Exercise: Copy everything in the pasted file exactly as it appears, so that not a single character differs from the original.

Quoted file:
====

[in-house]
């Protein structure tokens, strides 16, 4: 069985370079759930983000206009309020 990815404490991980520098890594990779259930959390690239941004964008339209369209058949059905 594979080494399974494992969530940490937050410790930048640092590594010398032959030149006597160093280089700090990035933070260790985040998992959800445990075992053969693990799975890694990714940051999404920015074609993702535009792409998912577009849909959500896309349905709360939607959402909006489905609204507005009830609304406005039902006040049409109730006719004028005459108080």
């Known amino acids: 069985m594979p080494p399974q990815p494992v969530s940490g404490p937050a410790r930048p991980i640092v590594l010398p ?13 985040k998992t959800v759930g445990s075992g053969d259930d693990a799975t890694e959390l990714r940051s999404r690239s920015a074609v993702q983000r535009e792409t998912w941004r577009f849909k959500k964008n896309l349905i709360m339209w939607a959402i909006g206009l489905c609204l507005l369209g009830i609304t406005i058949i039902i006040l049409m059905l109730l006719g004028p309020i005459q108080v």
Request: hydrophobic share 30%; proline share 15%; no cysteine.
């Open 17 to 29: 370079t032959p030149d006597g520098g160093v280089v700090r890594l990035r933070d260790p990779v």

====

[in-house]
């Protein structure tokens, strides 16, 4: 069985370079759930983000206009309020 990815404490991980520098890594990779259930959390690239941004964008339209369209058949059905 594979080494399974494992969530940490937050410790930048640092590594010398032959030149006597160093280089700090990035933070260790985040998992959800445990075992053969693990799975890694990714940051999404920015074609993702535009792409998912577009849909959500896309349905709360939607959402909006489905609204507005009830609304406005039902006040049409109730006719004028005459108080």
């Known amino acids: 069985m594979p080494p399974q990815p494992v969530s940490g404490p937050a410790r930048p991980i640092v590594l010398p ?13 985040k998992t959800v759930g445990s075992g053969d259930d693990a799975t890694e959390l990714r940051s999404r690239s920015a074609v993702q983000r535009e792409t998912w941004r577009f849909k959500k964008n896309l349905i709360m339209w939607a959402i909006g206009l489905c609204l507005l369209g009830i609304t406005i058949i039902i006040l049409m059905l109730l006719g004028p309020i005459q108080v």
Request: hydrophobic share 30%; proline share 15%; no cysteine.
């Open 17 to 29: 370079t032959p030149d006597g520098g160093v280089v700090r890594l990035r933070d260790p990779v």